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How to Dry Your Cycling Shoes Quickly

 Wet shoes can take a long time to dry on their own, so having a quick and cunning solution to speed things up is invaluable when you don't have another pair – or just don't have the time.

How to Dry Your Cycling Shoes Quickly

1-First and probably most important, get rid of whatever you can.

  • If your shoes are drenched to the point of puddles, throw them out. Then remove the footbeds and place them on a drying rack. They should dry quickly, but just in case, set them on newspaper in front of a vent, whether it's a heater, air conditioner, or dehumidifier. To expose as much of the shoe as possible, open all of the buckles, straps, and tongues.

 2- Use the old newspaper 

  • You can use old newspapers to dry your shoes. Because you will be changing the newspaper several times, you should have a large supply on hand. You can dry out the newspapers and reuse them if you're cheap and lazy. Once the shoe is completely open, stuff as much newspaper as you can inside it. It may absorb a lot of water in a short amount of time. The first round of newspaper should take no more than 20 to 30 minutes. The newspaper will have soaked through if the shoes are particularly damp. Following that, you can space out the new newspaper intervals. Try an hour, two hours, and finally an overnight shift. Your shoes will be entirely dry and ready when you wake up in the morning.

Accelerate the Drying

  • When your shoes are drying, do not store them in a damp basement or garage. To enhance drying possibilities, bring them upstairs to a well-ventilated and dryer place. It's a plus if you have a fan, heat or air vent, dehumidifier, or a breezy window. However, make sure to keep the newspapers in them. You'll benefit from the drying effects both inside and out.
  • While newsprint is excellent at absorbing moisture, a desiccant is far more so. Silica gel is the best, and you can get it for roughly £10 per kg online. Some cat litters, on the other hand, contain silica gel and are more widely available – we paid £3 for a 3.8-liter bag of Cat Litter Crystals from Wilko. To use the desiccant, fill an old pair of socks with about four inches of desiccant and tie a knot at the end. Fill your shoes with this drying sausage at night, and they'll be dry and aromatic the next morning.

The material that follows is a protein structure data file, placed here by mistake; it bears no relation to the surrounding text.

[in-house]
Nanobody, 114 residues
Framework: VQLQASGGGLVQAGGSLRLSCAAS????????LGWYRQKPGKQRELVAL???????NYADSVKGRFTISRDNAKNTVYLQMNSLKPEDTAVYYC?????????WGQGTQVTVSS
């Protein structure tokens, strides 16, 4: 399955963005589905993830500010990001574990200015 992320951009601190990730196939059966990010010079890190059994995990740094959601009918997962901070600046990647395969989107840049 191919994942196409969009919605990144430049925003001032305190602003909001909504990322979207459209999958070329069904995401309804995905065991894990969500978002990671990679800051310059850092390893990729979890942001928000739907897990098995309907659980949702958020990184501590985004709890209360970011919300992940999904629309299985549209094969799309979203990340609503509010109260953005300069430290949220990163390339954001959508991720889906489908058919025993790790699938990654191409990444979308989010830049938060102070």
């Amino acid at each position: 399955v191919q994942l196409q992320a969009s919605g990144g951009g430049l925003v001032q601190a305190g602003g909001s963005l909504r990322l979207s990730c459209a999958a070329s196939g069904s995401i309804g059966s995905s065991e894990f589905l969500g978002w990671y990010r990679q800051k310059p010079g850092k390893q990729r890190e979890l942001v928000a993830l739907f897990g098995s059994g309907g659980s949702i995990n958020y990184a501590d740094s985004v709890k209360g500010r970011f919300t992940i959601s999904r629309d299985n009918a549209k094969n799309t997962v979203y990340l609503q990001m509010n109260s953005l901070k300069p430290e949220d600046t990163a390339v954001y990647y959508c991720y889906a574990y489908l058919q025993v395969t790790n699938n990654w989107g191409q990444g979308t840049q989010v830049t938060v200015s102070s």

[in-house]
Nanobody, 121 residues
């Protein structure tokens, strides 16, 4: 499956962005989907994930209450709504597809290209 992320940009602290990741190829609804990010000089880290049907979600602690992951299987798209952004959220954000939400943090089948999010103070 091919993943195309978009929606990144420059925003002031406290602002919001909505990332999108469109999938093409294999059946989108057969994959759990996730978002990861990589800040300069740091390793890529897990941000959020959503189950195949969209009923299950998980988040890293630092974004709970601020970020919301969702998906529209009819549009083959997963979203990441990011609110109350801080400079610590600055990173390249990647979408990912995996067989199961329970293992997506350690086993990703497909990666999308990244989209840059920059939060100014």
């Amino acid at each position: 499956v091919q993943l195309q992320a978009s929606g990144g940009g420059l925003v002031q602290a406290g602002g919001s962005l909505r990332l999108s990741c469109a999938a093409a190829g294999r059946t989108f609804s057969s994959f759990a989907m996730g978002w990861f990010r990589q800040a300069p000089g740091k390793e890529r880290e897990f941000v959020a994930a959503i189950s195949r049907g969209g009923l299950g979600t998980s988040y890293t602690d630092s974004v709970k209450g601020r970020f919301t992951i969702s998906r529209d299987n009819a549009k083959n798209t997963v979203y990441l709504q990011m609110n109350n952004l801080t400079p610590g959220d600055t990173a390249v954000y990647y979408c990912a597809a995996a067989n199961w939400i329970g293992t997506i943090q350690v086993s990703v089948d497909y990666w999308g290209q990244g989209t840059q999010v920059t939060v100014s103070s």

• If you have one, in front of the fire. But not on top of the heater/stove, and a considerable distance away from the heat source, or you'll end up with melted shoes at best, and a charcoal crater where your house used to be at worst. They should be propped up so that they are parallel to the heat source.
  • The Active Shoe Drier from Drysure is essentially a commercial version of our homemade sock, which employs silica gel technology and includes a J-shaped plastic cage that fits comfortably in your shoes. The silica sacks come in a variety of colors and can be revived by gently heating them in the oven. 
  • Husqvarna Boot Dryers are a great way to speed up the drying process. These are heated elements in the shape of cigars that are powered by the mains.  albeit you'll need a shaver converter for the two-pin connection 
  • Therm-ic Dryer  is a little heater that pumps hot air into your shoes. The adjustable hoses will fit all shoe kinds and sizes, and it will dry moist shoes or gloves in a few of hours. The best part is that it is entirely silent.

Clean Your Shoes

  • Your shoes are likely to be soiled with road grime after a wet and muddy ride. Make sure they're clean both visually and functionally. With a scrub brush, do this in a sink while they're still wet. It's fine if you use a little water because they're already damp. All of that filth becomes trapped in the buckles and straps, causing them to malfunction and wear out faster. After you've washed your shoes, make sure they're completely dry.